All Tutorials

  • Tue Aug 13, 1:00 pm - 3:00 pm
    575
    Walter Library

    This tutorial will help users learn the basics of compiling and debugging their code on MSI systems. Particular attention will be paid to code written in Fortran, C, and C++. Basic methods for debugging will be outlined, with users being able to explore different debugging tools. This tutorial will focus primarily on compiling serial programs, but brief information on compiling and debugging parallel programs will also be given.


    Prerequisites: Basic knowledge of Linux, rudimentary knowledge of a programming language


  • Thu Aug 8, 1:00 pm - 3:00 pm
    575
    Walter Library

    This tutorial will briefly introduce MSI systems, remote access, and job submission systems, before giving a more detailed tour of hardware and software resources of particular utility to students and researchers in the physical sciences.


    Prerequisites: Basic knowledge of Unix-like systems and command line. Attendance at “Introduction to MSI” is helpful but not required, as that material will be covered in summary form only.


  • Tue Jul 30, 1:00 pm - 3:00 pm

    ProteinPilot™ is a proteomics software program used for analysis of peptide tandem mass spectrometry data and for relative quantification of proteins using the iTRAQ® technology and other modes of stable isotope labeling. Raw data acquired on a mass spectrometer such as Orbitrap-Velos is searched against protein sequence databases; the Paragon scoring algorithm provides confidence levels for protein hits, and the ProGroup algorithm tool (PMID: 17533153) groups related and homologous proteins.The tutorial will include an introduction to the software followed by iTRAQ® Data analysis workflow and FDR analysis overviews within Galaxy-P.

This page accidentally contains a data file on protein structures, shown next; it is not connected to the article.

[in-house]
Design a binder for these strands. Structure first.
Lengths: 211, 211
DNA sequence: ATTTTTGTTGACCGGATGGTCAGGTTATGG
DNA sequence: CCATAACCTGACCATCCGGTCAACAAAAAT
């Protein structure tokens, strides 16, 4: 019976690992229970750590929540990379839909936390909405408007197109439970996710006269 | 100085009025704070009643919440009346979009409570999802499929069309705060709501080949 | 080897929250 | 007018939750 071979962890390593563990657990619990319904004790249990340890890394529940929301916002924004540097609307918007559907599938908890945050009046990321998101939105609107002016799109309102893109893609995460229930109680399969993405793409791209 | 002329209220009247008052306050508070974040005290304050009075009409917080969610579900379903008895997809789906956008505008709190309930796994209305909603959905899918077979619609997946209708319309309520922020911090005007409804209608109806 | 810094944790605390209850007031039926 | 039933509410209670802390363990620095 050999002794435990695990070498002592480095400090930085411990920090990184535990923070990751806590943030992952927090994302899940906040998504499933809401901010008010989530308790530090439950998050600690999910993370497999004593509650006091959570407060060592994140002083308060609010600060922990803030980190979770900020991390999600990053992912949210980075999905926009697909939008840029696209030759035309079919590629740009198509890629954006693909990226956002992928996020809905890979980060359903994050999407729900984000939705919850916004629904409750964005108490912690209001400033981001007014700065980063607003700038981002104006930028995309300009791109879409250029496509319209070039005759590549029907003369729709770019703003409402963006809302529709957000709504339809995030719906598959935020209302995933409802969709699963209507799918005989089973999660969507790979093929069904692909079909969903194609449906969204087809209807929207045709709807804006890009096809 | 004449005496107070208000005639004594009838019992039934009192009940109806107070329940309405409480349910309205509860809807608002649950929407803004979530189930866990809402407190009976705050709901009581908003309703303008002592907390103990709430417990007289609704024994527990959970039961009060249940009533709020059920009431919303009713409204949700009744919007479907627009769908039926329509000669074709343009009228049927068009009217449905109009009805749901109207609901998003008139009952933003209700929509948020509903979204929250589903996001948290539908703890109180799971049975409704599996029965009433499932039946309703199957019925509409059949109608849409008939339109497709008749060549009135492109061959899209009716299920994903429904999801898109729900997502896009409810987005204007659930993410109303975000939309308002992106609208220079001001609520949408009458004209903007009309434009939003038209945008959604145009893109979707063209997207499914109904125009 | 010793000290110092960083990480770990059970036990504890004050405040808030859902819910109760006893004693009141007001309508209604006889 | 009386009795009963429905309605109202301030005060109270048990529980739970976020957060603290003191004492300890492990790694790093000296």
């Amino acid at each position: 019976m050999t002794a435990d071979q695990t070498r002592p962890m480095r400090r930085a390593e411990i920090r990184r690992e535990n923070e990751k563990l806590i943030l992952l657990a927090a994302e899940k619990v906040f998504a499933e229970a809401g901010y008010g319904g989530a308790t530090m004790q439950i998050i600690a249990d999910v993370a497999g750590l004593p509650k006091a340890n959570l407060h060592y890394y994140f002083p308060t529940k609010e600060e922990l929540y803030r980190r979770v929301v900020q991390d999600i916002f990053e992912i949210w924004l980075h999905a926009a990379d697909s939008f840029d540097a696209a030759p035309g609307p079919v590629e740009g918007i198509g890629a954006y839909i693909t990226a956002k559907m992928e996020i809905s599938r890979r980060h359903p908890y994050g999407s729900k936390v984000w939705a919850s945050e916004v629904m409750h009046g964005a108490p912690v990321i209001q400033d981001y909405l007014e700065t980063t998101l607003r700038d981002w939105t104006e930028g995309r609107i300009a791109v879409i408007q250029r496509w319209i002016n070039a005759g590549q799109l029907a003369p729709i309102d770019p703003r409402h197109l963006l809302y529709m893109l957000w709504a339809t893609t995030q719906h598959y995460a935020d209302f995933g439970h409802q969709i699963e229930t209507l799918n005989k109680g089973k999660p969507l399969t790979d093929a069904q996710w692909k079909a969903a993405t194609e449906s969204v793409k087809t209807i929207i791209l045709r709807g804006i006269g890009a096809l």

This tutorial is a webcast utilizing UMConnect. Please register as usual. Registered users will receive meeting information by email within 24 hours of the start date. Please visit http://www.oit.umn.edu/umconnect/ to ensure that your system meets the minimum requirements necessary to participate in this webinar.


  • Tue Jul 23, 10:00 am - 4:00 pm
    575
    Walter Library

    This one-day, hands-on workshop provides an introduction on how to write a parallel program using MPI and will help researchers write better and portable parallel codes for distributed-memory Linux clusters. The tutorial will focus on basic point-to-point communication and collective communications, which are the most commonly used MPI routines in high-performance scientific computation. In addition, the advantage of using MPI non-blocking communication will be introduced. Each session of the workshop will combine a lecture with hands-on practice. The lecture will introduce basic principles, and the hands-on portion will focus on the use of MPI principles via examples.


    Session 1: Introduction to basic concepts of MPI, centering on point-to-point communication.


    Session 2: MPI collective communications including broadcast, gather, scatter, and All-to-All.


    Programming will be done in Fortran and C, so any background in these two languages will be helpful.


  • Thu Jul 18, 1:00 pm - 3:00 pm
    575
    Walter Library

    This tutorial will help users learn the basics of parallel computation methods, including strategies for collecting calculations together for parallel execution. A brief description of parallel programming using MPI message passing will be given. This will be a fast crash course on the most basic parallel computation and programming methods. Examples of how to compile and execute simple parallel programs will be given.


  • Thu Jul 11, 1:00 pm - 3:00 pm
    575
    Walter Library

    Matlab is one of the most practical software packages used for numerical calculations and system design. Matlab applications, however, can run much slower compared to FORTRAN and C codes for the same kind of applications. Matlab code debugging is an unavoidable component of the application development. This tutorial will teach users how to use Matlab’s debugging and profiling tools in addition to the basic techniques to write efficient Matlab codes.